What Rwanda needs 20 years after the Genocide

“People must determine their own positive future”, What Rwanda needs 20 years after the Genocide

Ernest Ngabonzima


Today in rural Rwandan communities, people are proud that they have regained their hope

in life. Rwandans have started to believe in themselves, yet still struggle to be self-reliant and

maintain a sense of self-determination. This is a very long journey from the pervasive passive-

mindedness of 20 years ago in the horrible genocide of Tutsi.

Since 1994, Rwandans have dedicated their efforts into building themselves and their

communities. The first step to rebuild the country was to establish healing and reconciliation,

to unite Rwandans as one people, who respect all types of human dignity. So, now, who

should help Rwanda to have people who are self-determined? Who should play this role to

help the people of Rwanda to believe in themselves? Who will help Rwanda to drive its own



This is an obvious question, of course Rwandans themselves can help other Rwandans.

A young lady called Clenie Mushimiyimana of the Nyagisenyi village located in the countryside

of the Muhabura Volcano in Rwanda, was unable to continue her studies as a result of the

genocide. She decided that her future would be better if she had basic sewing skills which

would allow her to find job opportunities. She said: “I have been able to continue my studies

and I lost hope of living in the future but getting the chance to develop sewing skills will give me

an opportunity to create my own business and prosper.” Today, Clenie attends the vocational

school built in the Nyagisenyi village which was supported by Spark MicroGrants.


So, is Spark helping Rwandan people to determine their own positive future? Is Spark helping

Rwanda to be pro-active rather than staying with sorrow of Genocide?


I would strongly respond YES as Spark MicroGrants involves local people to change their

own lives. The Spark mission is community-led development, helping people to put their

own ideas into action. Through Spark, young graduates from universities work closely with

communities and engage them in a facilitation process of 3 to 5 months to help them to choose,

plan and implement a project. This is a very unique model for community-led development.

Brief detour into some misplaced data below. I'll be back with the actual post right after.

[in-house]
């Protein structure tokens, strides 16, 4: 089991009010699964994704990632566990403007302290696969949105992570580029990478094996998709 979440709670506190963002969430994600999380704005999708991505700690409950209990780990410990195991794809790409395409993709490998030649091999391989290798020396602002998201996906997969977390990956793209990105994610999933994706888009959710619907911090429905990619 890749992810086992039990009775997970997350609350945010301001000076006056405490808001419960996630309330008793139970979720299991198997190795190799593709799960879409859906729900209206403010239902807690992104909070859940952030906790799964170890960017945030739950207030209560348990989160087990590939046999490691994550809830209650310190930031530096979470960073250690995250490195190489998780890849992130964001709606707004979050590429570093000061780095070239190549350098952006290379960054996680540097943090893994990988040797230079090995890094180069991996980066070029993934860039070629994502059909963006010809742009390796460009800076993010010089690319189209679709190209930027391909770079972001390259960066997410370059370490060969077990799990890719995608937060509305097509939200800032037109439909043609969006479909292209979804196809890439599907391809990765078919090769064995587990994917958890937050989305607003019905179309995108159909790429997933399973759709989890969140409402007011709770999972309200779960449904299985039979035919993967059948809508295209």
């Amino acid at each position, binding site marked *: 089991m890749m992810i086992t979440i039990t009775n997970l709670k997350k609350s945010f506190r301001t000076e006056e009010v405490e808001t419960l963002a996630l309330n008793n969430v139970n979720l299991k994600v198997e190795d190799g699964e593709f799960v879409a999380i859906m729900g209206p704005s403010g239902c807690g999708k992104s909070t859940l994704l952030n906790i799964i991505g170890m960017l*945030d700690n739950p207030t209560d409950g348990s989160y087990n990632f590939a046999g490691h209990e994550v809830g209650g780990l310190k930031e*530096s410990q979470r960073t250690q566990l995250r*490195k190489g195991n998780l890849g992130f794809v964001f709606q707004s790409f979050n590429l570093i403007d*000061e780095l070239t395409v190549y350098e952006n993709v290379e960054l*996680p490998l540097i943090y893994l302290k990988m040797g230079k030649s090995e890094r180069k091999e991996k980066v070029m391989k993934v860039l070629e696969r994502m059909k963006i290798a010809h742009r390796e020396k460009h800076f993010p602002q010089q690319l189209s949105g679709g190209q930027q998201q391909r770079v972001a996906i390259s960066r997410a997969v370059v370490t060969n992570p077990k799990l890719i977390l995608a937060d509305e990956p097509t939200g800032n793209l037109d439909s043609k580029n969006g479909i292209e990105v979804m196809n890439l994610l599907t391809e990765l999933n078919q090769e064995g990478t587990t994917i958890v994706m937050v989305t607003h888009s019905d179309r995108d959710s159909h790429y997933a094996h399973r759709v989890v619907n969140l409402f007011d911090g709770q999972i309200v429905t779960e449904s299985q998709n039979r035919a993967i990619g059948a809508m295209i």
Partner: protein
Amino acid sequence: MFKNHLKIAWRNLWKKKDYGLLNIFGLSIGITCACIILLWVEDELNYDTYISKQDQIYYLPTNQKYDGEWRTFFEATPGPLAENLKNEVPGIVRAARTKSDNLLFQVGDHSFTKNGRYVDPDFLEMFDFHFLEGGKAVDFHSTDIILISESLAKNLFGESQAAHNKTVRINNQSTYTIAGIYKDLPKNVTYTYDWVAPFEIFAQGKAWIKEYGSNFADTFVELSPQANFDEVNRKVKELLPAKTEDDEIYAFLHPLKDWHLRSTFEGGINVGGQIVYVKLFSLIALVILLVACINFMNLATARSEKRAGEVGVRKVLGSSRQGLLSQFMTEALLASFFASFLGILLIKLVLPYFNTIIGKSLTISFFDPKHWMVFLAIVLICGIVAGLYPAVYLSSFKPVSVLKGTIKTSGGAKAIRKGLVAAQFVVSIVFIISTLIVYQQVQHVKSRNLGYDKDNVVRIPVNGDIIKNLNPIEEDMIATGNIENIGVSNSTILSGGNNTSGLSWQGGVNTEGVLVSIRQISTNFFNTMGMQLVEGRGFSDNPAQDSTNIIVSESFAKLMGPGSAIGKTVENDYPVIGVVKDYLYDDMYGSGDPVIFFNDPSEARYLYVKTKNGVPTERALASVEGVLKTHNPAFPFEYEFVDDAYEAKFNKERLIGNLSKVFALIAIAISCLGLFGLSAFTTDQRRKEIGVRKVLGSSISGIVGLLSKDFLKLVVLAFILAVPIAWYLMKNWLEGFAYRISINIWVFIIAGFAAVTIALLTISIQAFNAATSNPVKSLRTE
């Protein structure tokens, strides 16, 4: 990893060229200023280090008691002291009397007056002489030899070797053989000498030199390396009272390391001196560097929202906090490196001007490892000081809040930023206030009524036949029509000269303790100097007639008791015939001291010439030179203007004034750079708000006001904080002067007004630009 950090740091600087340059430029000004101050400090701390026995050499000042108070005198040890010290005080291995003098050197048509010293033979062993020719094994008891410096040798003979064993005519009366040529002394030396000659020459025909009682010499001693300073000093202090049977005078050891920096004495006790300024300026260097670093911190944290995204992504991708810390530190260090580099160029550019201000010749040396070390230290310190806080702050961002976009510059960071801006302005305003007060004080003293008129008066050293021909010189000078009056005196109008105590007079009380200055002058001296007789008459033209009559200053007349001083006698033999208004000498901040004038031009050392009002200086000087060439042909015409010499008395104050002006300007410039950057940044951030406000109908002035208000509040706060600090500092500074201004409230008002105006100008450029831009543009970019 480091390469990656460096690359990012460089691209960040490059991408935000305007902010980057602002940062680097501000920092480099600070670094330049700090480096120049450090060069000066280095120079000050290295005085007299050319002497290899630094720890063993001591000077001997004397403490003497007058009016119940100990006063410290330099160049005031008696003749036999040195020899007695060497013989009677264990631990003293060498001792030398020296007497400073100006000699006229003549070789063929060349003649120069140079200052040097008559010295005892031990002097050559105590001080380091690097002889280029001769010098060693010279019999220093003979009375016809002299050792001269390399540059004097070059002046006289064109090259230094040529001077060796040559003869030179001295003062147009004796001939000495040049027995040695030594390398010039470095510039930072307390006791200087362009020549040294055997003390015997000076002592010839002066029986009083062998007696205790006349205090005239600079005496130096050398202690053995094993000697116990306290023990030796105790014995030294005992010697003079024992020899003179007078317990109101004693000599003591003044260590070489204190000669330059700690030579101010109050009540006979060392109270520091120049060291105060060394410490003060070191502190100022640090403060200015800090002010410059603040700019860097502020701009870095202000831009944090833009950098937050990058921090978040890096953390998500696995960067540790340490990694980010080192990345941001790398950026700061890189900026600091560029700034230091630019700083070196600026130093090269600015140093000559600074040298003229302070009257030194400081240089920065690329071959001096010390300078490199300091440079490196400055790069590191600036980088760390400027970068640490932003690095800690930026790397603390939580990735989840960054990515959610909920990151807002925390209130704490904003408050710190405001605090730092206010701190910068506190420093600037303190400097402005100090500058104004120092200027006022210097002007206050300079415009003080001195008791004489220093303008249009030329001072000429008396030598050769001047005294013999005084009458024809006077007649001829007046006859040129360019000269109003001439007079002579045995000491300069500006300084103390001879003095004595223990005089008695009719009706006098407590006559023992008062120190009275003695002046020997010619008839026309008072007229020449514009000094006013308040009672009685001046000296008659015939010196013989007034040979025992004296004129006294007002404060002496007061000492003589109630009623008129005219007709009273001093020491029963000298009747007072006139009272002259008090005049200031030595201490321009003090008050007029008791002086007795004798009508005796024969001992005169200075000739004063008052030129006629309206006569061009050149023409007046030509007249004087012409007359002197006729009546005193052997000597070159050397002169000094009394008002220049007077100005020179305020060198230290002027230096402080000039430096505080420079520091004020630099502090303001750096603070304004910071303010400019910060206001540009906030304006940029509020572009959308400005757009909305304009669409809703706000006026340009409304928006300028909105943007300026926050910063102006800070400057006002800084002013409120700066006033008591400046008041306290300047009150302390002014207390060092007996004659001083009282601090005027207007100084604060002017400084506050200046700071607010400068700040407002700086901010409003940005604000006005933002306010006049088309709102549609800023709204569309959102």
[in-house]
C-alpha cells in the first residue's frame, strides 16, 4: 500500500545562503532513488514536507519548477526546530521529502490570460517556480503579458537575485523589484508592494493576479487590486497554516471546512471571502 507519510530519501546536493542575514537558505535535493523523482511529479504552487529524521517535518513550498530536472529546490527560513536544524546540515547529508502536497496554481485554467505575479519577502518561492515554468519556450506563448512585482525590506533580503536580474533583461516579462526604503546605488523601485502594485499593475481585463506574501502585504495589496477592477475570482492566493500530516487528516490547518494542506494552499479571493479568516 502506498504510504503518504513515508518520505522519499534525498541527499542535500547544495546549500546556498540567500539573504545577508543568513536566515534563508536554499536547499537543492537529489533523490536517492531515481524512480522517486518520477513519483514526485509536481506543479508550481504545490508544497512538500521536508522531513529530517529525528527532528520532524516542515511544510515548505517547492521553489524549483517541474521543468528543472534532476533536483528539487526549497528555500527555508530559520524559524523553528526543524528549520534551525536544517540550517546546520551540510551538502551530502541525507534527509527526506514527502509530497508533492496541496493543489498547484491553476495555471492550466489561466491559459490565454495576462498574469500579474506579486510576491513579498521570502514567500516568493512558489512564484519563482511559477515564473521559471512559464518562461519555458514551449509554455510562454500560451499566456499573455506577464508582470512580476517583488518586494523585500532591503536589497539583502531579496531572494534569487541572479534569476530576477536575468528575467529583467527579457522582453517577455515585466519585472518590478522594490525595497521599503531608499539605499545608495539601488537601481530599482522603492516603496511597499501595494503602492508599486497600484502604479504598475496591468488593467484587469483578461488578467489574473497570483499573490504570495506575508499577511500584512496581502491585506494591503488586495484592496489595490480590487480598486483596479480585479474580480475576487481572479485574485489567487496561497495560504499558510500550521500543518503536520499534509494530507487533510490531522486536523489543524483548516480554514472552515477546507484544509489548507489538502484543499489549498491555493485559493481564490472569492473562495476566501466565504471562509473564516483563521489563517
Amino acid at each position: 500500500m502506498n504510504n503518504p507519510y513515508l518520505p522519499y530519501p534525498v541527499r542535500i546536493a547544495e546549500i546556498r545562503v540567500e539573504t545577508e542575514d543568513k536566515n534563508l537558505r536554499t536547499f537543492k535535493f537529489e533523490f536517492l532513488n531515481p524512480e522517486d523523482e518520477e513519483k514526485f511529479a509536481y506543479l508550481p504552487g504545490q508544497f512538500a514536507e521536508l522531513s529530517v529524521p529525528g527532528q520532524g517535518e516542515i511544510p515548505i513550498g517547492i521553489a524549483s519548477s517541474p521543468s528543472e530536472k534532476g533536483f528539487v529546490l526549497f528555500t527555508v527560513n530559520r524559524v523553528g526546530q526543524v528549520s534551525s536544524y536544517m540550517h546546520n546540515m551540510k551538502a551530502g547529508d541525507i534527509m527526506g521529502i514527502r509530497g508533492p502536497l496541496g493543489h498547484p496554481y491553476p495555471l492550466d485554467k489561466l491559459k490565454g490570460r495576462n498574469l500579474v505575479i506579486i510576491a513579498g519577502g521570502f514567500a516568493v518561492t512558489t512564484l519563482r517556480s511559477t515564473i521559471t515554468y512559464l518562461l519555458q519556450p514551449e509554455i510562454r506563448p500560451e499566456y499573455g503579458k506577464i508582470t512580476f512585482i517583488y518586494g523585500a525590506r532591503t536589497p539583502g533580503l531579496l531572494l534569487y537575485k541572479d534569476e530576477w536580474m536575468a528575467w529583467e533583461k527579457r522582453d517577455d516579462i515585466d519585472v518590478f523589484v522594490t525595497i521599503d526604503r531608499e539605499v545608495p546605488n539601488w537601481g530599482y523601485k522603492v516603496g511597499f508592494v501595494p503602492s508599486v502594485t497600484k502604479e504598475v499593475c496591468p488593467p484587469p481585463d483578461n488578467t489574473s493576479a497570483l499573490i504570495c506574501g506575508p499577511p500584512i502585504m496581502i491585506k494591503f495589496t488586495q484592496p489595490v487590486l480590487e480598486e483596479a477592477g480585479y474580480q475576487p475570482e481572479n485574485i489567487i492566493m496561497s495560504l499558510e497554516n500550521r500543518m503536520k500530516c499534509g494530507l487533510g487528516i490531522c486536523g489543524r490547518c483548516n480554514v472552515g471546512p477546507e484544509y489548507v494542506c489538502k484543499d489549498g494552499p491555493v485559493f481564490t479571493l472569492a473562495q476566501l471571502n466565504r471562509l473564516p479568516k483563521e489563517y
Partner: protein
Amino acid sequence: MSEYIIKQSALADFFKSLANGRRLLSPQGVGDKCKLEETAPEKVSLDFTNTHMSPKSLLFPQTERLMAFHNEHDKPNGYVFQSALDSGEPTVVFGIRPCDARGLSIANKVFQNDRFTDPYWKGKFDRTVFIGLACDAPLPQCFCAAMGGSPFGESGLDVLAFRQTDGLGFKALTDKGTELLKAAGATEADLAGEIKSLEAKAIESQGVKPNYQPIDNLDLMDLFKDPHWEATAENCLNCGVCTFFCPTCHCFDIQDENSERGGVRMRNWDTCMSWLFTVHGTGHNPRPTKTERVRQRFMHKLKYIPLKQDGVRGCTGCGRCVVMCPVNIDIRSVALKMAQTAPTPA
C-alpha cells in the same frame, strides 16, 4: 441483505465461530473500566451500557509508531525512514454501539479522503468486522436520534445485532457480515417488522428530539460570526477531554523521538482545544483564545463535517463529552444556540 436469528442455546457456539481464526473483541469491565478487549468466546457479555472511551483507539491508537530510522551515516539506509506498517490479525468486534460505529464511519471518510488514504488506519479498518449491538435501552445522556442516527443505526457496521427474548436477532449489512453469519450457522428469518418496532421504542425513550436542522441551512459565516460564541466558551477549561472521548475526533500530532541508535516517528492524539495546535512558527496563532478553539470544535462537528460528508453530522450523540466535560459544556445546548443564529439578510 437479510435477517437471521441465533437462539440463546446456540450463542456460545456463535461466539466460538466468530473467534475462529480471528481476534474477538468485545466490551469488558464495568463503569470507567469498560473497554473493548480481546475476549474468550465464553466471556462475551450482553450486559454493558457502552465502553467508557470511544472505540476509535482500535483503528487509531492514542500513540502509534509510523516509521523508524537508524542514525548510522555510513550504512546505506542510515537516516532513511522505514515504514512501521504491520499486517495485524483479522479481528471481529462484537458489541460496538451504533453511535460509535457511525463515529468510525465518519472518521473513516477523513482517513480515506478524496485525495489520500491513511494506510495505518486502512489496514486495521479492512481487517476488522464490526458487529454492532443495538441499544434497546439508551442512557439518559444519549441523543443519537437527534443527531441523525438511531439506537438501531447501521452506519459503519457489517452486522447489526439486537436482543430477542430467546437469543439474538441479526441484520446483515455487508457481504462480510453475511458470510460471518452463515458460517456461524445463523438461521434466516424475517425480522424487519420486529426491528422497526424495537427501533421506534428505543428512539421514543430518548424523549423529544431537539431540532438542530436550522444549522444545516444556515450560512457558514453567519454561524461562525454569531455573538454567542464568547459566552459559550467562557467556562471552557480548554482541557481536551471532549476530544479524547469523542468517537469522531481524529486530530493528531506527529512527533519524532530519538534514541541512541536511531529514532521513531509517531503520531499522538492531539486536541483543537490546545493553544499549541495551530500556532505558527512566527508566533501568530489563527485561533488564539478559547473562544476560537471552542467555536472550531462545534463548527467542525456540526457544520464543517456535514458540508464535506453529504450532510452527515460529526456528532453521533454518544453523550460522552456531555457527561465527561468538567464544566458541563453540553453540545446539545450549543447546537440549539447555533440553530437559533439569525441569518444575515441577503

Spark involves the community in everything – ultimately increasing the sense of ownership and

creating sustainable solutions in communities.


I, Ernest Ngabonzima, am one of these young people, who have been touched a lot by what

happened in the genocide and questioned myself on how to help my country to regain hope the

a positive future. After finishing secondary school, I was concerned of how people were passive,

not thinking about the future but staying with sorrow and thinking about their relatives, their

parents, their friends lost in the genocide and even those who were stuck thinking about their

sins. I joined Spark in 2010 as a volunteer, it was a chance for me to start helping my broken

country to regain the hope of living the positive future and drive its own development.

I work with Spark to help Rwandan communities to alleviate poverty, to build good inter-

community relationships and to help these communities to learn the basic skills to give them the

ability to determine their own positive future.


As Rwandans, the positive future is in our hands, we should not be consumed by the sorrow

of the genocide but rather think about how to rebuild our broken hearts. It is time to question

ourselves: who am I? What is my history? How am I affected by the history? How is my

present? How should my future be? Who determines my future? What is my role in rebuilding

Rwanda? These are not only questions for Rwandan, but for humankind, everyone in this world

has a role to play to help Rwandans to realize their dreams, determine their own futures, and

take action in their own development.


Ernest Ngabonzima is the Rwandan Country Director at Spark Microgrants. For more on his work please

visit http://www.sparkmicrogrants.org.

*Originally published on sparkmicrogrants.org



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